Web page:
Inside Movies and Pop Culture with Gregory Ellwood
Plus: Why she thinks the movie moves people
BEVERLY HILLS — It's been a much different awards season for Sandra Bullock than when she won her first Oscar a little less than four years ago. She became the frontrunner after that year's Golden Globes and you could sort of tell the pressure got to her toward the end (not that she wasn't her always down-to-earth, affable self). This year, Cate Blanchett has been in the driver's seat for most of the season and if Bullock won it would be something of an upset. Still, the blockbuster star shows no signs of abandoning ship. There is a joy in how she lovingly and energetically discusses director Alfonso Cuarón and "Gravity," unarguably the best film she's ever starred in.
On Monday, she joined many of her fellow nominees at the annual Oscar luncheon. She didn't have to make a quick trip to the press room, but discussing "Gravity" has clearly never been a chore for Bullock. At one point she was asked about whether it was difficult to trust Cuarón on such a risky endeavor. Her response speaks volumes.
Was hooked on master filmmaker since 'Goodfellas'
BEVERLY HILLS — Jonah Hill loves Martin Scorsese. Not only did the master filmmaker guide him to his second Academy Award nomination for "The Wolf of Wall Street," but Hill was so eager to work with him he did it for scale. And considering "Wolf" had a budget of $100 million-plus, the actor might want to reconsider his representation.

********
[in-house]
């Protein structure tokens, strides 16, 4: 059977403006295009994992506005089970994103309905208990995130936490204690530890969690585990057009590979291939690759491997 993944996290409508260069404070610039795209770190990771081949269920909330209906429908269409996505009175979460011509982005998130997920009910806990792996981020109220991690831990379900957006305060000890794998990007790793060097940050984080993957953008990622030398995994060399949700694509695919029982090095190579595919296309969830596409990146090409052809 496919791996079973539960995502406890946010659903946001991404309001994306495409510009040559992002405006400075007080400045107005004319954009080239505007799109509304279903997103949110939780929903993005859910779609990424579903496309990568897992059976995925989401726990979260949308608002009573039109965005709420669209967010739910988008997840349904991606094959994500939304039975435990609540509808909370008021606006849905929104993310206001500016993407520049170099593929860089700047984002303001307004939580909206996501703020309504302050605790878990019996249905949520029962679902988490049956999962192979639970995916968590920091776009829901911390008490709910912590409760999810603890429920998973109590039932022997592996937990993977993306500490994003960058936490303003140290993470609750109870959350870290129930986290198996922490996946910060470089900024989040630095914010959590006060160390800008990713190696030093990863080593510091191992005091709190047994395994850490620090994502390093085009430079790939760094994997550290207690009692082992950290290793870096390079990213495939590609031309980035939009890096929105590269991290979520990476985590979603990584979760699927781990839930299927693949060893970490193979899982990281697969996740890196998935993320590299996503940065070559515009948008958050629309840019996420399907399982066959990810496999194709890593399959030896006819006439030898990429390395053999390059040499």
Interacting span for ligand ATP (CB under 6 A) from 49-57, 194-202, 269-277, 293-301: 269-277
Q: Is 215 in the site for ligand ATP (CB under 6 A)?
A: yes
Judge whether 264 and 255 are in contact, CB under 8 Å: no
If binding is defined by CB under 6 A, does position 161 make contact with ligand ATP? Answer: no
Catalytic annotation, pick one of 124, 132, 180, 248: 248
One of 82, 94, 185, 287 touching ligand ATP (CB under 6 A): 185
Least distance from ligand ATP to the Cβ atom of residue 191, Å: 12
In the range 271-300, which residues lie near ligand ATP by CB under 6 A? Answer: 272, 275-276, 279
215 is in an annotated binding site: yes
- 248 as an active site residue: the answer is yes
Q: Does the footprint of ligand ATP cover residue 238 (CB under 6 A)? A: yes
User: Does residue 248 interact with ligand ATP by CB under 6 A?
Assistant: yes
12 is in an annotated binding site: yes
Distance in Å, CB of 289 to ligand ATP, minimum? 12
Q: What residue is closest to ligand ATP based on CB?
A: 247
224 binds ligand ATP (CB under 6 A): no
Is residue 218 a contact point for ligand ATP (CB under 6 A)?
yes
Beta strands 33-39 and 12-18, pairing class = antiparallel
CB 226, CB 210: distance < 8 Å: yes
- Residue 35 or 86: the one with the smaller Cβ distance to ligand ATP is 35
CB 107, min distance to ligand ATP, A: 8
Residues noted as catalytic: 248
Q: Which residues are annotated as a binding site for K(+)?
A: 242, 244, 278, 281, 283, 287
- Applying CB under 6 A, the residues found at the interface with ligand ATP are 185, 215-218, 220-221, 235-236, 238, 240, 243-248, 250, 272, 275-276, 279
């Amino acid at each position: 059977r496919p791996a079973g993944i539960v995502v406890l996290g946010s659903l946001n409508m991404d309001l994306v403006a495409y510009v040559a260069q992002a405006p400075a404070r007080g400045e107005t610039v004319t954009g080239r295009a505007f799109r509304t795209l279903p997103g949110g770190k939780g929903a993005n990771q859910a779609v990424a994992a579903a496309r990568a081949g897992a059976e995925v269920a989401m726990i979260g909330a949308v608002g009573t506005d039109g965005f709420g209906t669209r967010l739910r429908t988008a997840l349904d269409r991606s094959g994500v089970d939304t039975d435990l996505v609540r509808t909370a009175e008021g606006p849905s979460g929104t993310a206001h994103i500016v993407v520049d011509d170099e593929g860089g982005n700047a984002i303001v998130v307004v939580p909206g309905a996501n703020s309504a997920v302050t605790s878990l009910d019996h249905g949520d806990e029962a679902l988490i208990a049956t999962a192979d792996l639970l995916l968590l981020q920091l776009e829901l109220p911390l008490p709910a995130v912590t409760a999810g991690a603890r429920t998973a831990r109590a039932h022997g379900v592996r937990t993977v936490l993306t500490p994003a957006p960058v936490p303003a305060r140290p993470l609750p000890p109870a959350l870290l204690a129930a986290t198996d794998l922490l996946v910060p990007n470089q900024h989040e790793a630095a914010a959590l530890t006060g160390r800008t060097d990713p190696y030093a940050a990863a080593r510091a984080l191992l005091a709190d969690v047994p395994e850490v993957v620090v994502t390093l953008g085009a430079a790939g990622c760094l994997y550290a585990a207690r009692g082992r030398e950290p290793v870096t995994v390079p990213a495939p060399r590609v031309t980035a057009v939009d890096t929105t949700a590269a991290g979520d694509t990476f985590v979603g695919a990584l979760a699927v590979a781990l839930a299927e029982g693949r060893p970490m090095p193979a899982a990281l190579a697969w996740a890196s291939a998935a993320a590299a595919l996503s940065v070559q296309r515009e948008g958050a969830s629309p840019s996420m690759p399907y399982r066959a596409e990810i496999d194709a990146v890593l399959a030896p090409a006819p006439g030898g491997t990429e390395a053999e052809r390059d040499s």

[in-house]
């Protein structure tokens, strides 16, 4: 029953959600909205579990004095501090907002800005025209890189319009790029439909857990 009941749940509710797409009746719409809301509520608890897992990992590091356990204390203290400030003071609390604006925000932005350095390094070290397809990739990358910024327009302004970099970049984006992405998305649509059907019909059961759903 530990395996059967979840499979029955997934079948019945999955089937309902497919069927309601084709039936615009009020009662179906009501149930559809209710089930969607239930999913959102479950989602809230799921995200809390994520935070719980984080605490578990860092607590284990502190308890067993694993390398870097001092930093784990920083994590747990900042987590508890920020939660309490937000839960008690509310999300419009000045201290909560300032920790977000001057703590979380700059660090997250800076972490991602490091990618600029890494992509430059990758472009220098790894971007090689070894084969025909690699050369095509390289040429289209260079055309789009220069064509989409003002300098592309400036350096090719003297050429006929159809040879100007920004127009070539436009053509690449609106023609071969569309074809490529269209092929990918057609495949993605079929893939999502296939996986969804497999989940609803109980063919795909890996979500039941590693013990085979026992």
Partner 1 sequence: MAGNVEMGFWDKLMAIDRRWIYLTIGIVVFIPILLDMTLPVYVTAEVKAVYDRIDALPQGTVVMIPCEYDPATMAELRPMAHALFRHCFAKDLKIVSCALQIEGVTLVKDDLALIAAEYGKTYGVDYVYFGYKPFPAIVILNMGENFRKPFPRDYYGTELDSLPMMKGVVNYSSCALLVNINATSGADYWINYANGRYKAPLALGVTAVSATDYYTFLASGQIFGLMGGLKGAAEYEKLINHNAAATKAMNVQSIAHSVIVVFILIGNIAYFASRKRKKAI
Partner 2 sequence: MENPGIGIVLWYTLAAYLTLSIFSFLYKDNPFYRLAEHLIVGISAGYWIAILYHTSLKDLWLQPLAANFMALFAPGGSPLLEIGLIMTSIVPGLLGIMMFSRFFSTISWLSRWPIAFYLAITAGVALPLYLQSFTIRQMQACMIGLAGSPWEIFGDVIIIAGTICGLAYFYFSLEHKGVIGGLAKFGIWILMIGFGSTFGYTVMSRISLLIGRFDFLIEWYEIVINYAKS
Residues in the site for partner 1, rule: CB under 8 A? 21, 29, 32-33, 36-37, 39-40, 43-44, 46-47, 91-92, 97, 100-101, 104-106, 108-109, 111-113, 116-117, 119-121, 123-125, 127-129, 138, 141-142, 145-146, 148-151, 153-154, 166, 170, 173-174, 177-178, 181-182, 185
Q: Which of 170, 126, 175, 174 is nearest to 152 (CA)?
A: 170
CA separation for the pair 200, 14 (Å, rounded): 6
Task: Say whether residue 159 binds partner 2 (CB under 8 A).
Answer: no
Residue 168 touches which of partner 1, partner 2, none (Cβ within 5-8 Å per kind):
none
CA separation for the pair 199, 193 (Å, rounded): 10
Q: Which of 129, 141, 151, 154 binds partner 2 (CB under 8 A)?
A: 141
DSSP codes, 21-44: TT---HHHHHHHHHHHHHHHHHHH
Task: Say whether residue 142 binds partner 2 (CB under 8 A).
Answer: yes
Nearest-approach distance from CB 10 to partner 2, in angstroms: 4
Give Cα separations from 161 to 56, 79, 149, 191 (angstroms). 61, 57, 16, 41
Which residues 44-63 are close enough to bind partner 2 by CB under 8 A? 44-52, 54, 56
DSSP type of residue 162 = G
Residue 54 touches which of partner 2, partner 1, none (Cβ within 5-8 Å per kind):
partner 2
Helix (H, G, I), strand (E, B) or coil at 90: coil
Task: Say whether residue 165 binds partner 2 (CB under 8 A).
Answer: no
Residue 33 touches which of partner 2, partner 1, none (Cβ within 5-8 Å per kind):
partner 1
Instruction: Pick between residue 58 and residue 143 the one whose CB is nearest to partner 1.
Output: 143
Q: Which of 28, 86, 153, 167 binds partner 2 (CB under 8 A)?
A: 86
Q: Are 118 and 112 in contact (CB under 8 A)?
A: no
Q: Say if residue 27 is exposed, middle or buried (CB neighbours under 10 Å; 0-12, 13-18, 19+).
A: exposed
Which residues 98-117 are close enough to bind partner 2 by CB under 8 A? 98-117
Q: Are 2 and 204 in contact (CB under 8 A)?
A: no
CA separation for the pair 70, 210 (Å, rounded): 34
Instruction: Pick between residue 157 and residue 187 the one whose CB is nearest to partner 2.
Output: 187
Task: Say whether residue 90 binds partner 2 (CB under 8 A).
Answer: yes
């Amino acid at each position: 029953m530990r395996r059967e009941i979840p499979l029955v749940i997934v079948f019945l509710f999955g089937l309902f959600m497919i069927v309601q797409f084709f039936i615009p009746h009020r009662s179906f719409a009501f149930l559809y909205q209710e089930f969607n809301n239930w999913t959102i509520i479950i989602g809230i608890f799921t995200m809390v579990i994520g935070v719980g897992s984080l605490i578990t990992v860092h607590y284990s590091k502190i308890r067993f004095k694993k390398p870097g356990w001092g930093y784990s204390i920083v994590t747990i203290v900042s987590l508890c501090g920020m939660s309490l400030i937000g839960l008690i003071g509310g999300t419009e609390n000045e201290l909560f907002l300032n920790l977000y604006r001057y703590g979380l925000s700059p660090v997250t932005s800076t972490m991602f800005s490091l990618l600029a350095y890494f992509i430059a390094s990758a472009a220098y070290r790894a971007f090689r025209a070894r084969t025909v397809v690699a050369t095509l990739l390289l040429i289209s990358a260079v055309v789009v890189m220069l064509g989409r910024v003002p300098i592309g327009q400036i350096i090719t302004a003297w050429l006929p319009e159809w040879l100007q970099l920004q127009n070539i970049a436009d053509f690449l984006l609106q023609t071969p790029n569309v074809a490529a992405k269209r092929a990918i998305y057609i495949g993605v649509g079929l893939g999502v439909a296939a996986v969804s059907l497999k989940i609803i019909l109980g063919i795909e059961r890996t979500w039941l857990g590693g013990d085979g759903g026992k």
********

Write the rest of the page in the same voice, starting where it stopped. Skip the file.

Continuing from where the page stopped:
Hill took a few minutes Monday during the annual Oscar Nominees Luncheon to speak to the press about his Best Supporting Actor honor and he showered Scorsese with love.
Class photo and more at the Oscars luncheon
Monday brought yet another Oscars nominee luncheon and, more importantly, a class photo of the nominees for the 86th Academy Awards.
While a number of famous faces including Jennifer Lawrence, Judi Dench, Michael Fassbender and Chiwetel Ejiofor were unavailable to attend the soiree still attracted a who's who of Hollywood star power. Leonardo DiCaprio, Meryl Streep, Christian Bale, Matthew McConaughey, Sandra Bullock, Bradley Cooper, Amy Adams and more had fun talking to their idols and peers at the annual Beverly Hilton bash. Oh, and some famous musical faces showed up too including this year's Grammy king Pharrell Williams and the one and only Bono.